Eliz (17:48):

In case were wondering, the rap that Omekongo did yesterday, what? You had five minutes’ notice on that?

Omekongo (18:00):

Yeah. Exciting.

Eliz (18:01):

It’s like, yeah, right?

Thom (18:01):

Give it up. Nice applause for Omekongo.

Eliz (18:06):

So, for us, fill in five minutes, we can do that. But our meeting professionals don’t know that. They don’t know that yes, we can do that. Anytime we can save that stress, because stress, of course is my thing, anytime we can save stress for our meeting professional partners, that’s a win.

Omekongo (18:28):

I think one of the things that we should consider as we work to stand out, and Jeff’s talking about everyone’s online saying they can do it, is that none of us really just wake up and say we want to be an emcee. We’ve had experience doing it somewhere. Maybe in our schools or in our community organizations. You want to start figuring out ways to capture yourself emceeing so you can actually show it. If you don’t have the ability to do that, get testimonials from the people that you’ve emceed for.

Again, something you may have did at the kids’ prom. You were a chaperone and you ran the events. Graduation, commencements, whatever. Start getting those testimonials and put them up there so people can see that you are different from the people who are just saying, “Yeah, I’m an emcee now.” That can also help you start to distinguish yourself from other people out there.

Patty (19:18):

When the pandemic first hit, I reached out to clients and said, “How could I help you?” They were struggling because they had big conferences coming up. So, I was asked to produce, drive these events. When I would do one association, my folks would reach out to other states. So, what I did was I started capturing pieces. So, they knew I had this judges panel that would come on and do this 45 minute piece of it. They kept asking for that. So, I was building this show for them with people I knew, but this all happened because, oh, that was a good idea. We captured that. I encourage those state associations and say, “Well, will you please tell your friends that this was good?” That’s how my business kept rocking during the pandemic.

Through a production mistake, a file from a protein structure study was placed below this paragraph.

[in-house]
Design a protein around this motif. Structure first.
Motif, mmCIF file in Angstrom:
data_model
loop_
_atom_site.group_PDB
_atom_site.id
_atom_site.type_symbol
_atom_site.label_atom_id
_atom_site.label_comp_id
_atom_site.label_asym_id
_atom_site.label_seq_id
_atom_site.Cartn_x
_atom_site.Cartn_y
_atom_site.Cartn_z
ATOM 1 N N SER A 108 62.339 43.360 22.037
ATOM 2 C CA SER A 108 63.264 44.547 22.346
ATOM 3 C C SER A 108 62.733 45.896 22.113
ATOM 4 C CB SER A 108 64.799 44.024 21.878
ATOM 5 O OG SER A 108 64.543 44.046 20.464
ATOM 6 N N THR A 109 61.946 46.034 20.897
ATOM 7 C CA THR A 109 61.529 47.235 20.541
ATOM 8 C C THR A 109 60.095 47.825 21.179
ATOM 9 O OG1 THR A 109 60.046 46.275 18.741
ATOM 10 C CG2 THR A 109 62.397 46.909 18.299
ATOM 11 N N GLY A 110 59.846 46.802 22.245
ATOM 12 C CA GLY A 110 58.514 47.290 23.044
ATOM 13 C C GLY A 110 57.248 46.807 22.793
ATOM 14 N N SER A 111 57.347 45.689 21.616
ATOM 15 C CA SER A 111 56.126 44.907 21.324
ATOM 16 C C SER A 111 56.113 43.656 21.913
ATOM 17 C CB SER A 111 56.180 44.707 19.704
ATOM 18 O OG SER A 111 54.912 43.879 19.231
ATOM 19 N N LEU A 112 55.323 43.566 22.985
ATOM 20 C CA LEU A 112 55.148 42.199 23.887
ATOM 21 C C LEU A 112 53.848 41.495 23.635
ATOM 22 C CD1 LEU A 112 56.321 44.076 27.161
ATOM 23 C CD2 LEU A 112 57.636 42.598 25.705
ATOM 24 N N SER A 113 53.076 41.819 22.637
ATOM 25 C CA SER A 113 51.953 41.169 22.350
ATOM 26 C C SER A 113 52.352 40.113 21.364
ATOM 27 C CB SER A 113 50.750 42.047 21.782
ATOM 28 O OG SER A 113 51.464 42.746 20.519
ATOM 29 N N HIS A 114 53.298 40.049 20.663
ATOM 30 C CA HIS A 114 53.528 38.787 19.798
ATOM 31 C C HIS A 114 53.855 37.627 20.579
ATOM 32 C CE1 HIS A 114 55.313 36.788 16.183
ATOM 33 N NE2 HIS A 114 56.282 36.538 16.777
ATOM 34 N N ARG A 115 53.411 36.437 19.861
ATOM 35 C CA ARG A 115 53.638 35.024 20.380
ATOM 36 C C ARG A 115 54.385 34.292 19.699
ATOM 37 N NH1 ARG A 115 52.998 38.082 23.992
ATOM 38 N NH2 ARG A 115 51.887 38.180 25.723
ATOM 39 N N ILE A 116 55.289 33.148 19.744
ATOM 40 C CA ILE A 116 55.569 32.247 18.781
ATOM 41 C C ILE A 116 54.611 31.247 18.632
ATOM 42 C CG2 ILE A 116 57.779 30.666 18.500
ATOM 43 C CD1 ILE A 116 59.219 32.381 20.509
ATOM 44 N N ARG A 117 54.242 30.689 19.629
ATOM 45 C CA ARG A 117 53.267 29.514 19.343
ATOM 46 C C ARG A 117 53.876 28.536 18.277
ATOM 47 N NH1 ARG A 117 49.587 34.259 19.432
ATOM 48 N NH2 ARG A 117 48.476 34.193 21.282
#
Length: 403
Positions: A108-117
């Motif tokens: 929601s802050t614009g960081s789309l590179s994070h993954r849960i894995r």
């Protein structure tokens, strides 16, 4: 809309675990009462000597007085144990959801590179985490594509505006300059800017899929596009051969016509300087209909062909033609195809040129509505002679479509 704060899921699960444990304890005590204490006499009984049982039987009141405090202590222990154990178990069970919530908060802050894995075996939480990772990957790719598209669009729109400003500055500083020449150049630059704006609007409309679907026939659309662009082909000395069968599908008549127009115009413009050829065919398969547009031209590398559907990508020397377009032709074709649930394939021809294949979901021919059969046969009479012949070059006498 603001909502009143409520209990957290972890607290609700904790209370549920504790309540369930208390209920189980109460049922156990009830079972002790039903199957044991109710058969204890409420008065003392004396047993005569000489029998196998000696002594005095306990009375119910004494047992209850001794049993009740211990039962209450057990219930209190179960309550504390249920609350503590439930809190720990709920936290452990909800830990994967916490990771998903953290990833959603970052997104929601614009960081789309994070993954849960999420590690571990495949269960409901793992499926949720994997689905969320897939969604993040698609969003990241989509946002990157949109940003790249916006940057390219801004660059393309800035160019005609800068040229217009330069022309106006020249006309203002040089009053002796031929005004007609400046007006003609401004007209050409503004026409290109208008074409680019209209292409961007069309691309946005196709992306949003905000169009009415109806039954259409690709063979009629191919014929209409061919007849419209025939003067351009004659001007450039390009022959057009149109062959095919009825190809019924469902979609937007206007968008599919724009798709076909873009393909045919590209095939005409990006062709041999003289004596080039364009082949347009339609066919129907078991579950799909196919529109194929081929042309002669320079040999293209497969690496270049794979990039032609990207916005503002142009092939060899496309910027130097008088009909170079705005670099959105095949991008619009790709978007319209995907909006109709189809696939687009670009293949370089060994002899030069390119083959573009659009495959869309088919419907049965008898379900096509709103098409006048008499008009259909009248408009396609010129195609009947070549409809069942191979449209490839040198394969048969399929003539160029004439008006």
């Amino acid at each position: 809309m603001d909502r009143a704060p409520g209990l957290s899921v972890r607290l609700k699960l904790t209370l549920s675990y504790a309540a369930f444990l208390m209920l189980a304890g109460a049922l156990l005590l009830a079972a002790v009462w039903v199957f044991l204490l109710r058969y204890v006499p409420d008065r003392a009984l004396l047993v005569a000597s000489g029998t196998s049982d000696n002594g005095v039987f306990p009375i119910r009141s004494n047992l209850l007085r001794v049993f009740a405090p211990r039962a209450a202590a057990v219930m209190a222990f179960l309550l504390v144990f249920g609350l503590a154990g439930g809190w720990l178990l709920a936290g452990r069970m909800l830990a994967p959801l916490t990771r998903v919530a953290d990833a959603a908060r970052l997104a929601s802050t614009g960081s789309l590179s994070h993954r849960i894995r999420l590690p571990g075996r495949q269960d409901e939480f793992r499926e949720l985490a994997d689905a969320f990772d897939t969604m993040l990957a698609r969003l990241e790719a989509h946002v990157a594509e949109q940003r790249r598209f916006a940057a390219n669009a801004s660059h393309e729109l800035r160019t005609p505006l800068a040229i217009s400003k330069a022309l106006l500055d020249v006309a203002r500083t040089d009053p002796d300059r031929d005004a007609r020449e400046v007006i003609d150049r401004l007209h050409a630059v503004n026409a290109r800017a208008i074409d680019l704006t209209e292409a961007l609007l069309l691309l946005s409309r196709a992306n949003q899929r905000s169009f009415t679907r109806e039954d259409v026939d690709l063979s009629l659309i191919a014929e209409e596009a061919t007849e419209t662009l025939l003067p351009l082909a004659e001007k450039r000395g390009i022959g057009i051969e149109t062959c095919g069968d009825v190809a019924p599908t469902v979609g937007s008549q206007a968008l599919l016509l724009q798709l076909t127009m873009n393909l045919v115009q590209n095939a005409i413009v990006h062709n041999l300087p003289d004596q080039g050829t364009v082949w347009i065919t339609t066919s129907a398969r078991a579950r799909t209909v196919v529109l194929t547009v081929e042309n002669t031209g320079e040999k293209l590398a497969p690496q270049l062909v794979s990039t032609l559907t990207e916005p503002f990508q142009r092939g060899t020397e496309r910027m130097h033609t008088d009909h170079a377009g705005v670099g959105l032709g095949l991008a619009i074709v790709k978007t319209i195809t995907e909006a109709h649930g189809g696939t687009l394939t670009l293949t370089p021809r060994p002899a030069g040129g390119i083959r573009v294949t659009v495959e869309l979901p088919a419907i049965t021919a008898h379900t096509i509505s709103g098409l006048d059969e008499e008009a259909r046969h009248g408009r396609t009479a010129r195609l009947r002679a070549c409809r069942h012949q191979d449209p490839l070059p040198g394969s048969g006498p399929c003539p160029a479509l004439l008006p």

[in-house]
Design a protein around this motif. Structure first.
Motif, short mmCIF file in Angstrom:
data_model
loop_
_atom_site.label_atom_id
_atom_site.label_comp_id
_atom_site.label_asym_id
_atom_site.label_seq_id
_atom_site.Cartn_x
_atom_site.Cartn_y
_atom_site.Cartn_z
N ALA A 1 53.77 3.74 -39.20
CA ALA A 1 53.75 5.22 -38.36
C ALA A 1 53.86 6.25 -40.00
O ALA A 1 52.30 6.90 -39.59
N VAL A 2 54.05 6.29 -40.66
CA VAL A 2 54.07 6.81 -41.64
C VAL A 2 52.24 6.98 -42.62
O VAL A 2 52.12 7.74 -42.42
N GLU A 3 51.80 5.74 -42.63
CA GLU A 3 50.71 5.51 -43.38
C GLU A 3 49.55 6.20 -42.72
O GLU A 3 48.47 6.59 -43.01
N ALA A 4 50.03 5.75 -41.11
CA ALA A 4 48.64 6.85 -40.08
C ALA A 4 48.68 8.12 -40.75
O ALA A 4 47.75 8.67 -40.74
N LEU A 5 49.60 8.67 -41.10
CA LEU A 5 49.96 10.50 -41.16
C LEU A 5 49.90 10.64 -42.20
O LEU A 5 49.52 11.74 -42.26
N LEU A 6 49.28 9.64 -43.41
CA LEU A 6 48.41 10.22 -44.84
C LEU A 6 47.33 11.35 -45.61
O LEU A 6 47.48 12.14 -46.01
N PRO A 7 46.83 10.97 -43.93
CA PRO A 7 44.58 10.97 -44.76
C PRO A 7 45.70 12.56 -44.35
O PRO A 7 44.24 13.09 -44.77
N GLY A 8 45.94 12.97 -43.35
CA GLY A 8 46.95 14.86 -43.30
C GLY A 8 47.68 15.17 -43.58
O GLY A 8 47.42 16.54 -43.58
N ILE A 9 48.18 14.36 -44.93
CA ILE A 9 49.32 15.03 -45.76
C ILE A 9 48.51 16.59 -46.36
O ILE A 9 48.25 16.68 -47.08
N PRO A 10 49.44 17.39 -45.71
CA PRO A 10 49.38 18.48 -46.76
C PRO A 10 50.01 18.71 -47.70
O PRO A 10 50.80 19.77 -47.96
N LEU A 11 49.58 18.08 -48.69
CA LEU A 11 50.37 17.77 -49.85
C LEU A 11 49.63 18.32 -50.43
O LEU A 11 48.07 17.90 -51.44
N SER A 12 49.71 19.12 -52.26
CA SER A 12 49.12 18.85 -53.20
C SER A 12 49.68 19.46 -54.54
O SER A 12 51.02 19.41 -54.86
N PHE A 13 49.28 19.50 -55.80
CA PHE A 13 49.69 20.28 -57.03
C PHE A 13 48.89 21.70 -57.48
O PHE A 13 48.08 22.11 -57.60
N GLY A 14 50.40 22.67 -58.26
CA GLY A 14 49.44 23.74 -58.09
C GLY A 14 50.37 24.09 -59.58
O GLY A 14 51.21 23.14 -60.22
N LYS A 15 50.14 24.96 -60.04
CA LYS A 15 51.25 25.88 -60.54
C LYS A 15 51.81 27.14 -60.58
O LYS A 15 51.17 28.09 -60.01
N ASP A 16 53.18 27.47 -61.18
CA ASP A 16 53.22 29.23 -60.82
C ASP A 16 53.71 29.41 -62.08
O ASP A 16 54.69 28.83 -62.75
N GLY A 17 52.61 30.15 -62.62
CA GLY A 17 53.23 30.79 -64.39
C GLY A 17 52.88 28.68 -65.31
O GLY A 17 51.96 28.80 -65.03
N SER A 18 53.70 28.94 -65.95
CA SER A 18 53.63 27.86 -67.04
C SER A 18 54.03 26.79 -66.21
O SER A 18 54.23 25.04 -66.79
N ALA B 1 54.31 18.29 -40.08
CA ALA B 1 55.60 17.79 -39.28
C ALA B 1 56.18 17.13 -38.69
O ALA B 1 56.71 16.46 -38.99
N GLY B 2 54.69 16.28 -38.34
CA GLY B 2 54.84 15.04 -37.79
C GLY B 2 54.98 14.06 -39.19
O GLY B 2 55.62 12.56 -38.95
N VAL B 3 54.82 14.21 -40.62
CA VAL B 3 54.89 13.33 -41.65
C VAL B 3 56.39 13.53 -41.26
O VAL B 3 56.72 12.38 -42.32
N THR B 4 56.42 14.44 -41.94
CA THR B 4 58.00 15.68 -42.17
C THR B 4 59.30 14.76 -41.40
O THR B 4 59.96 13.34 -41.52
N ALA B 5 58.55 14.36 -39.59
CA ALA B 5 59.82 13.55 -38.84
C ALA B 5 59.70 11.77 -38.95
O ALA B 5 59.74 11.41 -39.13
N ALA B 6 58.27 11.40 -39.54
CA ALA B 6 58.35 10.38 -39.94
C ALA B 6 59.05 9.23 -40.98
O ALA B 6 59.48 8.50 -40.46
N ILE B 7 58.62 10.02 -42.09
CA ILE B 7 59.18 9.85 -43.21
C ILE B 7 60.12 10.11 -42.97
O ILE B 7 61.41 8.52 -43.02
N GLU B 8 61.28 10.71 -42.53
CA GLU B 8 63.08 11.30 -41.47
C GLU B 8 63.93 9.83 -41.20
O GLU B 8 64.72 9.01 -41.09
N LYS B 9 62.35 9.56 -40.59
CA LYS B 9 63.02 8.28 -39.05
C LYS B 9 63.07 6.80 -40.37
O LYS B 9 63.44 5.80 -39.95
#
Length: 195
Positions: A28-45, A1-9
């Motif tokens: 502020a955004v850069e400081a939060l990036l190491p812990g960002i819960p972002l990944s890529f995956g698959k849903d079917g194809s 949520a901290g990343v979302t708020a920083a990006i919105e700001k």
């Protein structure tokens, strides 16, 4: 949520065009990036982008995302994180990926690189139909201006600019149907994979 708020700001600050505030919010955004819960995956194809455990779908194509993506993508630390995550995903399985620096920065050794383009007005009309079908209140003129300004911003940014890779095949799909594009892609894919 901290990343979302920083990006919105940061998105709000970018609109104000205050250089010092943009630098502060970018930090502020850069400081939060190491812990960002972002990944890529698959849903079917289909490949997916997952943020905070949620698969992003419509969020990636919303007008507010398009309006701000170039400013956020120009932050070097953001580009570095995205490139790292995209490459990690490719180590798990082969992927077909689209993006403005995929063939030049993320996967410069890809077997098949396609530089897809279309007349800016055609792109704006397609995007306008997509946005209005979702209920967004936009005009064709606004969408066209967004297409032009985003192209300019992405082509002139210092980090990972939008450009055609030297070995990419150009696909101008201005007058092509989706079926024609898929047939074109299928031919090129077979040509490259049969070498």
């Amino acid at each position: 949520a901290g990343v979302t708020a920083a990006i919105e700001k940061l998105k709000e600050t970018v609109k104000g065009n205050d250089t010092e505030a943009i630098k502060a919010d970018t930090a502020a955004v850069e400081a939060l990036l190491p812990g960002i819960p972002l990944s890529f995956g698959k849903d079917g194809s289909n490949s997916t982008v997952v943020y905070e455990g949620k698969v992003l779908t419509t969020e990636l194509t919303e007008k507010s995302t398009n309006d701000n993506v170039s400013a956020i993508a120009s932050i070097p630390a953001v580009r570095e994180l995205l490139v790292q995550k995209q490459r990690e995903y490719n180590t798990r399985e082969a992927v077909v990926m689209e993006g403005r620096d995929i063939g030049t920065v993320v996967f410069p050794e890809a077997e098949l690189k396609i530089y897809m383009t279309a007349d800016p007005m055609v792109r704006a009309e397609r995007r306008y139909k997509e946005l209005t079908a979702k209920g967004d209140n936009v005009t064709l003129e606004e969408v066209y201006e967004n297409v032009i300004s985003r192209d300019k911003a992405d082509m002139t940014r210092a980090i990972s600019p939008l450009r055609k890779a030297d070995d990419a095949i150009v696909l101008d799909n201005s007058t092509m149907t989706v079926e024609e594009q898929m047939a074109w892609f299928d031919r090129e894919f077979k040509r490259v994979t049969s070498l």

Jeff (20:07):

Awesome. I’ll give a shout out to Darren LaCroix, Stage Time. I mean, you’ve got to do it. So if you have to do it, but on top of that, yeah, you have to do it, but then be better than what they were expecting. Because again, the bar, I think, I’m not talking the NSA bar here. The bar for other events, emceeing is pretty low, because they’re like, “Oh yeah, Johnny, he’s a hoot.” Like, “Johnny can emcee.” But they’re not expecting Johnny to have a monologue and have bits and routines and have things that he planned with graphics and slides. It’s, “Whoa, you took that to another level.”